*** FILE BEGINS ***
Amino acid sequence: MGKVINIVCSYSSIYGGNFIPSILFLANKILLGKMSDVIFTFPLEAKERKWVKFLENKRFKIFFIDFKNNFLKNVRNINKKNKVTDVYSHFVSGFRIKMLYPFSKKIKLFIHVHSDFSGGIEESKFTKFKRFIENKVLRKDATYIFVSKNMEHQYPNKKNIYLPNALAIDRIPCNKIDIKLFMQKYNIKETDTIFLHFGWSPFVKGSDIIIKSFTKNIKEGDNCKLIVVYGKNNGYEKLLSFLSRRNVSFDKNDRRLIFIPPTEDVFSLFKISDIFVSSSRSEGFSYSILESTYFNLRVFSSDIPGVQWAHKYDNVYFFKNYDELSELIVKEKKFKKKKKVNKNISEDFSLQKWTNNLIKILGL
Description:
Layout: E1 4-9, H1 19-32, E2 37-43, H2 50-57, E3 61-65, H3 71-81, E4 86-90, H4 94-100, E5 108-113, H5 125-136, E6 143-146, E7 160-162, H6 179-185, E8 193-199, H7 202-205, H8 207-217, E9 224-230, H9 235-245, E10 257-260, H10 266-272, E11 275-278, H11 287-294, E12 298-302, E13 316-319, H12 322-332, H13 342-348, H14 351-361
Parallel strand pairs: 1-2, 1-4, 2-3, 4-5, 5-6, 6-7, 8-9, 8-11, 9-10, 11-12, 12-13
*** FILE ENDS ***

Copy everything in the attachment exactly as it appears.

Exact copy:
Amino acid sequence: MGKVINIVCSYSSIYGGNFIPSILFLANKILLGKMSDVIFTFPLEAKERKWVKFLENKRFKIFFIDFKNNFLKNVRNINKKNKVTDVYSHFVSGFRIKMLYPFSKKIKLFIHVHSDFSGGIEESKFTKFKRFIENKVLRKDATYIFVSKNMEHQYPNKKNIYLPNALAIDRIPCNKIDIKLFMQKYNIKETDTIFLHFGWSPFVKGSDIIIKSFTKNIKEGDNCKLIVVYGKNNGYEKLLSFLSRRNVSFDKNDRRLIFIPPTEDVFSLFKISDIFVSSSRSEGFSYSILESTYFNLRVFSSDIPGVQWAHKYDNVYFFKNYDELSELIVKEKKFKKKKKVNKNISEDFSLQKWTNNLIKILGL
Description:
Layout: E1 4-9, H1 19-32, E2 37-43, H2 50-57, E3 61-65, H3 71-81, E4 86-90, H4 94-100, E5 108-113, H5 125-136, E6 143-146, E7 160-162, H6 179-185, E8 193-199, H7 202-205, H8 207-217, E9 224-230, H9 235-245, E10 257-260, H10 266-272, E11 275-278, H11 287-294, E12 298-302, E13 316-319, H12 322-332, H13 342-348, H14 351-361
Parallel strand pairs: 1-2, 1-4, 2-3, 4-5, 5-6, 6-7, 8-9, 8-11, 9-10, 11-12, 12-13